Part of Djibouti's appeal is its lack of tourists. Dawn over a desolate lake full of flamingos on the wing is unforgettable. The black lava fields, weird natural chimneys blowing steam and the burning, endless plains are deserted. Diving and snorkelling around Red Sea coral reefs is fabulous.
The country is a boisterous blend of colonial French and modern Arabic. What it lacks in major attractions it makes up for in buzz, and travellers are often regarded as curios and treated to traditional African hospitality. However, its lack of visitors is due to its tendency towards strife.
The injuries of the civil war have only recently begun to heal, and none of the continuing strife beyond the country's borders makes that process easier. The population has been inflated by tens of thousands of refugees from Somalia and Ethiopia, and the disaffected along Djibouti's national boundaries threaten at least to relieve travellers of their cameras, at most to reignite the war. The French military withdrawal has taken much-needed cash out of the country, and Moody's are not about to give the economy an 'AAA' rating anytime soon.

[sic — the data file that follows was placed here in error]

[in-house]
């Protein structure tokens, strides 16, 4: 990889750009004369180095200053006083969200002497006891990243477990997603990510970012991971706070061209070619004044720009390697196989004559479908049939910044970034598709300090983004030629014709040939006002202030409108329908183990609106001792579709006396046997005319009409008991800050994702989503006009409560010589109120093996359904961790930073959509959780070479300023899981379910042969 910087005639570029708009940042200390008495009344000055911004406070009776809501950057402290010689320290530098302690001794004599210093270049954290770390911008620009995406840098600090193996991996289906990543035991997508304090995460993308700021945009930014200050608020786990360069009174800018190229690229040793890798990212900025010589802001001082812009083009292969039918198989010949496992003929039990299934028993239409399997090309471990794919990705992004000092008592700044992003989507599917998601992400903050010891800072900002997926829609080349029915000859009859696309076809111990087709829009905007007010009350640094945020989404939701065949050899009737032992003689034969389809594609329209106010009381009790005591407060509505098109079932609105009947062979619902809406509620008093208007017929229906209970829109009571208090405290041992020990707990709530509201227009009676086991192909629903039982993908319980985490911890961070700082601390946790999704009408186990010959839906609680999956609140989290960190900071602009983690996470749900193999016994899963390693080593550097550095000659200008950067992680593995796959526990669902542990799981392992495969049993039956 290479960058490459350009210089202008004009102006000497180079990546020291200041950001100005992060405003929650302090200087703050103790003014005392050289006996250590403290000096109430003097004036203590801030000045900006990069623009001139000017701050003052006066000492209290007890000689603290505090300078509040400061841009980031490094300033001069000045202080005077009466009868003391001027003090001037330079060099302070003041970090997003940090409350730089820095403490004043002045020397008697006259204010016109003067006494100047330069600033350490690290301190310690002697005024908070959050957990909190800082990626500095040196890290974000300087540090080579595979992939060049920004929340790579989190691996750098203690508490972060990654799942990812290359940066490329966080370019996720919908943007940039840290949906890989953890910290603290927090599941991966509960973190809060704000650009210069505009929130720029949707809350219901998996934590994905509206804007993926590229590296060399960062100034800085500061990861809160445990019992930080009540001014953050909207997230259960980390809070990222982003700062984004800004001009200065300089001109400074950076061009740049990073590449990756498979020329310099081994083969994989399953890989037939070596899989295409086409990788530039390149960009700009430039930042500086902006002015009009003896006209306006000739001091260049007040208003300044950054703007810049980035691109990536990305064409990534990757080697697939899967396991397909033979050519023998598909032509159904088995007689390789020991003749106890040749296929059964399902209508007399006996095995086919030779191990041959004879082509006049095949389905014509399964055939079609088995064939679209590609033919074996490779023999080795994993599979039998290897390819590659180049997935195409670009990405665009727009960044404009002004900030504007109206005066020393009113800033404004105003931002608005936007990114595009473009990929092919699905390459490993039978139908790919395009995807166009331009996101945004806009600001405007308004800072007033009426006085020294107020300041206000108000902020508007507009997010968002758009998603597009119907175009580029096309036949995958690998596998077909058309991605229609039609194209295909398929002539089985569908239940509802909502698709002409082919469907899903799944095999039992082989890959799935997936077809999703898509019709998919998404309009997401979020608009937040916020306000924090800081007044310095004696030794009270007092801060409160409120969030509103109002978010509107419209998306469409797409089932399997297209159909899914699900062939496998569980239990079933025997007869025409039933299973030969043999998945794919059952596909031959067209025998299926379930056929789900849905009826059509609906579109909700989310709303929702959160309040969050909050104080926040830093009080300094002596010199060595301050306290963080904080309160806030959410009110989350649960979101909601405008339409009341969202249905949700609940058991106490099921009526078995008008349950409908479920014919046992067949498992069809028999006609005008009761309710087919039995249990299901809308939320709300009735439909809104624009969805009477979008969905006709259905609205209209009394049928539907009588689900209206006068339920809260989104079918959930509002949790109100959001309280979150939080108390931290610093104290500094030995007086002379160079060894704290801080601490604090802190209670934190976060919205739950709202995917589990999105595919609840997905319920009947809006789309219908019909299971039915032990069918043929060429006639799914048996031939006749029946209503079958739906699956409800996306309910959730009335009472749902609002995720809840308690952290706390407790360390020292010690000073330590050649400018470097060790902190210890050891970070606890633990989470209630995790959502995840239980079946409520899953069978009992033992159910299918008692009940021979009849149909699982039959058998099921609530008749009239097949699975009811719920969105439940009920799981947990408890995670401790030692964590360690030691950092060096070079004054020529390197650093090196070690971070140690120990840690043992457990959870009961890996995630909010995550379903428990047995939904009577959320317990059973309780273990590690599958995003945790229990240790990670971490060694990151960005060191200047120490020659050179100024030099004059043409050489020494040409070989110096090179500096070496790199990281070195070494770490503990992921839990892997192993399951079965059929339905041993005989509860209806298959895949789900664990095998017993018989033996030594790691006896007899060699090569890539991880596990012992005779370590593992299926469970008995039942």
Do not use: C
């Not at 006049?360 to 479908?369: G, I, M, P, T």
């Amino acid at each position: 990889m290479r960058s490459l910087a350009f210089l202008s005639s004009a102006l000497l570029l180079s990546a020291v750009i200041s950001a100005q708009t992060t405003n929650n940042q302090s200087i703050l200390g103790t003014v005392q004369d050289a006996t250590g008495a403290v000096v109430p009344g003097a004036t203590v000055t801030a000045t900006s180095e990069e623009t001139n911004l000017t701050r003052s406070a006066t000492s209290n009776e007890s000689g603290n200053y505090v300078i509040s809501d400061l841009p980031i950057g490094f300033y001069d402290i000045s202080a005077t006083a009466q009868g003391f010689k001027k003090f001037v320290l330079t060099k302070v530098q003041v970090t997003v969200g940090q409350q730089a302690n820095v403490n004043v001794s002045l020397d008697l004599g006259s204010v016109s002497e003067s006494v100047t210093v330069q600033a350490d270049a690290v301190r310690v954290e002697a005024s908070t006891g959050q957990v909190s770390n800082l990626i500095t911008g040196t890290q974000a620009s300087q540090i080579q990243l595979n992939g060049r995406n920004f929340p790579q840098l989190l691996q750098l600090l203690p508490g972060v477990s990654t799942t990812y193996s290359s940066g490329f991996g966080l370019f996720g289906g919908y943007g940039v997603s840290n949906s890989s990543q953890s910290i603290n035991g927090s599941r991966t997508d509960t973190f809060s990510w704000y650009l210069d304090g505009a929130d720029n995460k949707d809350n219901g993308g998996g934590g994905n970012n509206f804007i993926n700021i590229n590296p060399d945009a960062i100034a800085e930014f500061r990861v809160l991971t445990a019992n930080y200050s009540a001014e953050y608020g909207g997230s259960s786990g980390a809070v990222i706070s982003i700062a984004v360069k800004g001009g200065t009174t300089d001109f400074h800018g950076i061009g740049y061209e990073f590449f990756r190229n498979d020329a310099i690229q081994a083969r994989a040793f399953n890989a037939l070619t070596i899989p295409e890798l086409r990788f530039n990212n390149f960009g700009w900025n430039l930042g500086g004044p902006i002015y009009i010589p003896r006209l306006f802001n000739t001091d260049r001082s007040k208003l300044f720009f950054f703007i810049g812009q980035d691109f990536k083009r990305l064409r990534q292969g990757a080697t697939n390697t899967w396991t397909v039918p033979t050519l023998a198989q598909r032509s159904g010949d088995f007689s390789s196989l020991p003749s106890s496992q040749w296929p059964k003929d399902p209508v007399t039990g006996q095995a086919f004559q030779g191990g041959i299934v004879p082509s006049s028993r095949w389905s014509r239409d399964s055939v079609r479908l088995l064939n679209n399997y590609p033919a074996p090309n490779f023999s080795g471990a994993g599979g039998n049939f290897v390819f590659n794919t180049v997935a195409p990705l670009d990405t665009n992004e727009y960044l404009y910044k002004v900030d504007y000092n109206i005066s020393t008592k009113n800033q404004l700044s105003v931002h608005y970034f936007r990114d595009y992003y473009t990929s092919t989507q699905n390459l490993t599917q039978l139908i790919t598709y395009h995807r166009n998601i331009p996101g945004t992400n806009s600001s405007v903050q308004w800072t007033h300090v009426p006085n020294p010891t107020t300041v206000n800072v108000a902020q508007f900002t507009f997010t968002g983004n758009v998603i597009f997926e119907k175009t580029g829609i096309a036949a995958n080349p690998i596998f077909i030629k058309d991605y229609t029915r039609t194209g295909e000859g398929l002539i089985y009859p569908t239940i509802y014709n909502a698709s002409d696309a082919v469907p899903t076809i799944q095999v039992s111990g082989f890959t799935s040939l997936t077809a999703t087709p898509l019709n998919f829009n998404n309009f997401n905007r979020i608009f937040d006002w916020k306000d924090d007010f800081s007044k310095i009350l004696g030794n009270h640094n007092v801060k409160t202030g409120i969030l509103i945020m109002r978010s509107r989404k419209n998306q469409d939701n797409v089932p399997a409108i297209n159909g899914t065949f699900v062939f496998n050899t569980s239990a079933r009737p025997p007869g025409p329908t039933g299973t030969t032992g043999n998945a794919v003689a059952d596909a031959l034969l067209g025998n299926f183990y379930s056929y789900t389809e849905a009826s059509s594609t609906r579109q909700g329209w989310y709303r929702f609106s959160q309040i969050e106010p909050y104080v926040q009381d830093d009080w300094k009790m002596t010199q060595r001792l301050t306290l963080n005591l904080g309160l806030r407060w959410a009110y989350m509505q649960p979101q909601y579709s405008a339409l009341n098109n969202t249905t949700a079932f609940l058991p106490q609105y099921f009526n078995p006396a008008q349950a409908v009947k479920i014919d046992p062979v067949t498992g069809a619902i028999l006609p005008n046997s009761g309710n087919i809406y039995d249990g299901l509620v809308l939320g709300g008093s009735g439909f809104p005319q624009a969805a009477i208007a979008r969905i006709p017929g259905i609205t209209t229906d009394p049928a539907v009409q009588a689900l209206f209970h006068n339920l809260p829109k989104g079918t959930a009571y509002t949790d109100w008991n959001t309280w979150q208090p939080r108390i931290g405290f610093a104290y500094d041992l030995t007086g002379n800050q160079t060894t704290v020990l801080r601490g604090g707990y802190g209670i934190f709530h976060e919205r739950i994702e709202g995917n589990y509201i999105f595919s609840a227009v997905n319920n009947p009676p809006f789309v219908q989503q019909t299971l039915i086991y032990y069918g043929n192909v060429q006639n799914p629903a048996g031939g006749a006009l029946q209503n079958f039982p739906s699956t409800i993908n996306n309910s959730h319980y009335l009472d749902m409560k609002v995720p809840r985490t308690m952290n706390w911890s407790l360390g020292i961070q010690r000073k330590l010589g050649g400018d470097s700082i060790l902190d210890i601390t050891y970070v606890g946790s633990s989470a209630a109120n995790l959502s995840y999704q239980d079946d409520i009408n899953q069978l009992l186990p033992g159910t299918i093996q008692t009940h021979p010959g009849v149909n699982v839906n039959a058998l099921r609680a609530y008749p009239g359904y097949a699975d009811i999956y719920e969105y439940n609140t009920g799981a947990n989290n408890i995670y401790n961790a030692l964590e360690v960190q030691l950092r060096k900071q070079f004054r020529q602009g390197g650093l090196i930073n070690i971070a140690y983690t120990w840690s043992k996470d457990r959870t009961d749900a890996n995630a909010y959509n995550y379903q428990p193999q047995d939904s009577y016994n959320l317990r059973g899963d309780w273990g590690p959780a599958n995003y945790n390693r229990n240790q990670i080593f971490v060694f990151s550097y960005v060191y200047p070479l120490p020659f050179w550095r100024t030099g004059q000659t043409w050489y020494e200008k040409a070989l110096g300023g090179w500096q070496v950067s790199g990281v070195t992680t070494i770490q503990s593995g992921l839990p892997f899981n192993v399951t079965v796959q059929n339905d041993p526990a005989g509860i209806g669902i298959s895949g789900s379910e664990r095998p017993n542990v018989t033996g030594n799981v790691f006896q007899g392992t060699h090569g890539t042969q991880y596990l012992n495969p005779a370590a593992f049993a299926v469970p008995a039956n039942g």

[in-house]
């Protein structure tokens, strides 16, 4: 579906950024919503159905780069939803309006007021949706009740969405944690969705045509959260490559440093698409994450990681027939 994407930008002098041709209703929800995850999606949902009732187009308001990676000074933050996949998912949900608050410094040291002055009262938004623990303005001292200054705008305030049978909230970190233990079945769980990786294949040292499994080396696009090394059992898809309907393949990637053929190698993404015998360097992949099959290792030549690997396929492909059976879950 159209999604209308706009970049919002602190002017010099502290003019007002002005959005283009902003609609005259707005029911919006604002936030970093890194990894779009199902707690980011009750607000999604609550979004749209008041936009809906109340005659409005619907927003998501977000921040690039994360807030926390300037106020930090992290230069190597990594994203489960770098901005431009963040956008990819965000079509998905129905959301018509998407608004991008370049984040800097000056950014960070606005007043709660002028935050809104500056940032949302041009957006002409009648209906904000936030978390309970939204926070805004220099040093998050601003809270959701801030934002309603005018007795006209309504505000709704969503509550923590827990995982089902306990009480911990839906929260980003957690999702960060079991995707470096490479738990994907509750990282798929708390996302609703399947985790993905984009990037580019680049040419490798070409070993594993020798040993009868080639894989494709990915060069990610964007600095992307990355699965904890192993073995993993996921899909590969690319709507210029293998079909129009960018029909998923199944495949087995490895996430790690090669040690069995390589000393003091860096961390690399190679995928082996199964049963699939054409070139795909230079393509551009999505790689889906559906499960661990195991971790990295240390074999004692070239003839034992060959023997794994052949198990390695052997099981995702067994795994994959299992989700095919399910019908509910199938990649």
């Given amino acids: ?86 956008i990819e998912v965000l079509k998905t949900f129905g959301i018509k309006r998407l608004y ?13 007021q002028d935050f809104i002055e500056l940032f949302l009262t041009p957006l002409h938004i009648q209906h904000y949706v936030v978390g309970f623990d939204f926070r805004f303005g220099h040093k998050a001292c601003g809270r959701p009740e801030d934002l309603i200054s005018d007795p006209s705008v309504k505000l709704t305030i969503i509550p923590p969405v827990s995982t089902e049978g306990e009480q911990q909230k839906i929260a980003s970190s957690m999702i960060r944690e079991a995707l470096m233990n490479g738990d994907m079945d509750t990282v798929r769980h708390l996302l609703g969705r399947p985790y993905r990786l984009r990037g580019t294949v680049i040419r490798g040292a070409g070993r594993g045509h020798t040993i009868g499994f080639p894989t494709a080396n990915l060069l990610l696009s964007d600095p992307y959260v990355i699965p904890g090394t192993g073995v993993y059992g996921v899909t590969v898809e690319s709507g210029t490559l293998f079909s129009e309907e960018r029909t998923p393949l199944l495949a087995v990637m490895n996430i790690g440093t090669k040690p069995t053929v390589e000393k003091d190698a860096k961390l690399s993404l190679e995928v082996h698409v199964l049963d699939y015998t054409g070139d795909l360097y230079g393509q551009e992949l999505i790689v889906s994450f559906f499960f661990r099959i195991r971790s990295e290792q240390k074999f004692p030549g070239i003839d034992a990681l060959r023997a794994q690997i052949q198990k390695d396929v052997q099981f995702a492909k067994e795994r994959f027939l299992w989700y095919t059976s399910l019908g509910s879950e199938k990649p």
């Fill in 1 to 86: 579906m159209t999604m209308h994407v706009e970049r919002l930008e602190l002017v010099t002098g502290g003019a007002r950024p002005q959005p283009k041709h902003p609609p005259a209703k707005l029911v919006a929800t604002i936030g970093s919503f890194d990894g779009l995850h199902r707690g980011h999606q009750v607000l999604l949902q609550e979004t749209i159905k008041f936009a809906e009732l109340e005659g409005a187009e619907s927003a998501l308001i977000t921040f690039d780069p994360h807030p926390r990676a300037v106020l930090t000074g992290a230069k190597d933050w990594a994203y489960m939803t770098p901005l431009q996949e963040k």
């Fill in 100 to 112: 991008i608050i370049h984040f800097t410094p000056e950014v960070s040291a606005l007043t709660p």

Facts for the traveller
Money & Costs
Off the beaten track